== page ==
Pharmaceutical Society Of Great Britain Essay

4695 Words Nov 30th, 2014 19 Pages
Pharmaceutical Society of Great Britain v Boots [1953] 1 QB 401 Court of Appeal

Boots introduced the then new self service system into their shops whereby customers would pick up goods from the shelf put them in their basket and then take them to the cash till to pay. The Pharmaceutical Society of Great Britain brought an action to determine the legality of the system with regard to the sale of pharmaceutical products which were required by law to be sold in the presence of a pharmacist. The court thus needed to determine where the contract came into existence.


Goods on the shelf constitute an invitation to treat not an offer. A customer takes the goods to the till and makes an offer to purchase. The shop assistant then chooses
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The assistant in 999 times out of 1,000 says "That is all right", and the money passes and the transaction is completed.... in the case of the ordinary shop, although goods are displayed and it is intended that customers should go and choose what they want, the contract is not completed until, the customer having indicated the articles which he needs, the shop-keeper or someone on his behalf accepts that offer. Then the contract is completed.'

His Lordship concluded that the Boots pharmacy layout ought to be treated in the same way. Were it otherwise, 'once an article has been placed in the receptacle the customer himself is bound and he would have no right without paying for the first article to substitute an article which he saw later of the same kind and which he perhaps preferred.'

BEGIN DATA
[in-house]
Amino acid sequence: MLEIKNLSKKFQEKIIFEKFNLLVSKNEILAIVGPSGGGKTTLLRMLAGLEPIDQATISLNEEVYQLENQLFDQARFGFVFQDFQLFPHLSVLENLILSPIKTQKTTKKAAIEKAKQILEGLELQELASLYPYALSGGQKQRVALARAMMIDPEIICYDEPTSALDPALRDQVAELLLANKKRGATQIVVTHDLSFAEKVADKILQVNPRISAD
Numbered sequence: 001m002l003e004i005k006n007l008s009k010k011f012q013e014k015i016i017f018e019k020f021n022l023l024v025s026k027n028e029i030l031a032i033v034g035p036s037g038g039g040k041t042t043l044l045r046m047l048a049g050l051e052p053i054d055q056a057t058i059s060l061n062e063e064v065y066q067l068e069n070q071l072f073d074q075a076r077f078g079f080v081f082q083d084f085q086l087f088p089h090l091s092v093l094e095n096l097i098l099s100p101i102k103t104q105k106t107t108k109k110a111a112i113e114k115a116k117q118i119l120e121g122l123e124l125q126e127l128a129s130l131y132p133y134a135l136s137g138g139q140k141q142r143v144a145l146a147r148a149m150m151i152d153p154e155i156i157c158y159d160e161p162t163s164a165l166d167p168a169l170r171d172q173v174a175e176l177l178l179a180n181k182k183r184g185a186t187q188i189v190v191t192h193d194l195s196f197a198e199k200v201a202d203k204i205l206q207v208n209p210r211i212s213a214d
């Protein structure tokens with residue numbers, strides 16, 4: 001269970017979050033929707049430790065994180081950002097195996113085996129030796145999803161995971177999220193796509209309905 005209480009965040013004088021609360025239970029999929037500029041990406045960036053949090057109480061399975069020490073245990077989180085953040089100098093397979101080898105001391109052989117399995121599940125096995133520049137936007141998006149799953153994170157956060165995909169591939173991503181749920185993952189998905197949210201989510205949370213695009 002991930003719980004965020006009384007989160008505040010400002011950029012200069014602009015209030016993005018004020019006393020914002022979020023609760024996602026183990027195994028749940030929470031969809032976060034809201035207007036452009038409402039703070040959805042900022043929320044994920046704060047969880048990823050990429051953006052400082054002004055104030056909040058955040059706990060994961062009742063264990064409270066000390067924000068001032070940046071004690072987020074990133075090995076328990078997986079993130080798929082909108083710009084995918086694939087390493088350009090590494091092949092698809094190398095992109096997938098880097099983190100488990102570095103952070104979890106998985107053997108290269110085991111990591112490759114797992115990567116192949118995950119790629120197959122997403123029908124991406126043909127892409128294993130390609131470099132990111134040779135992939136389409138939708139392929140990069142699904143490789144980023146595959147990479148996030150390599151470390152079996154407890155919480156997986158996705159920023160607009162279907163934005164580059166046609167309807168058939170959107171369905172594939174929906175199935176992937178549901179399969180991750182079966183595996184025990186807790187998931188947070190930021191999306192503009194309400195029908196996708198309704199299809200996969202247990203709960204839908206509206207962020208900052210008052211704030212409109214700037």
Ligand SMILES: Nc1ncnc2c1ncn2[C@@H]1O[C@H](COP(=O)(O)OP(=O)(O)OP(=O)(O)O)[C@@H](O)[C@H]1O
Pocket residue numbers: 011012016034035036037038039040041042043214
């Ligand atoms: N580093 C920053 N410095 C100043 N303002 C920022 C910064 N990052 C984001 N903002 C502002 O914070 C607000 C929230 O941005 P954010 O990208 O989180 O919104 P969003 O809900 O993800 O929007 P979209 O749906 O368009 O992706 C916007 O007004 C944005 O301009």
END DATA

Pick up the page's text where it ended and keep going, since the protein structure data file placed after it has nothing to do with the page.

The approach of Boots provides 'a convenient method of enabling customers to see what there is and choose and possibly put back and substitute articles which they wish to have and then go up to the cashier and offer to buy what they have so far chosen.'

As a result, the case failed because the contract was concluded at the checkout where there was appropriate supervision.
Lord Justice Birkett

Lord Justice Birkett agreed with Lord Justice Somervill and with the reasoning of the Lord Chief Justice at trial.
Lord Justice Romer

Lord Justice Romer agreed with Lord Justices Somervill and Birkett. His Lordship noted that if the plaintiff's argument succeeded, 'if a person picked up an

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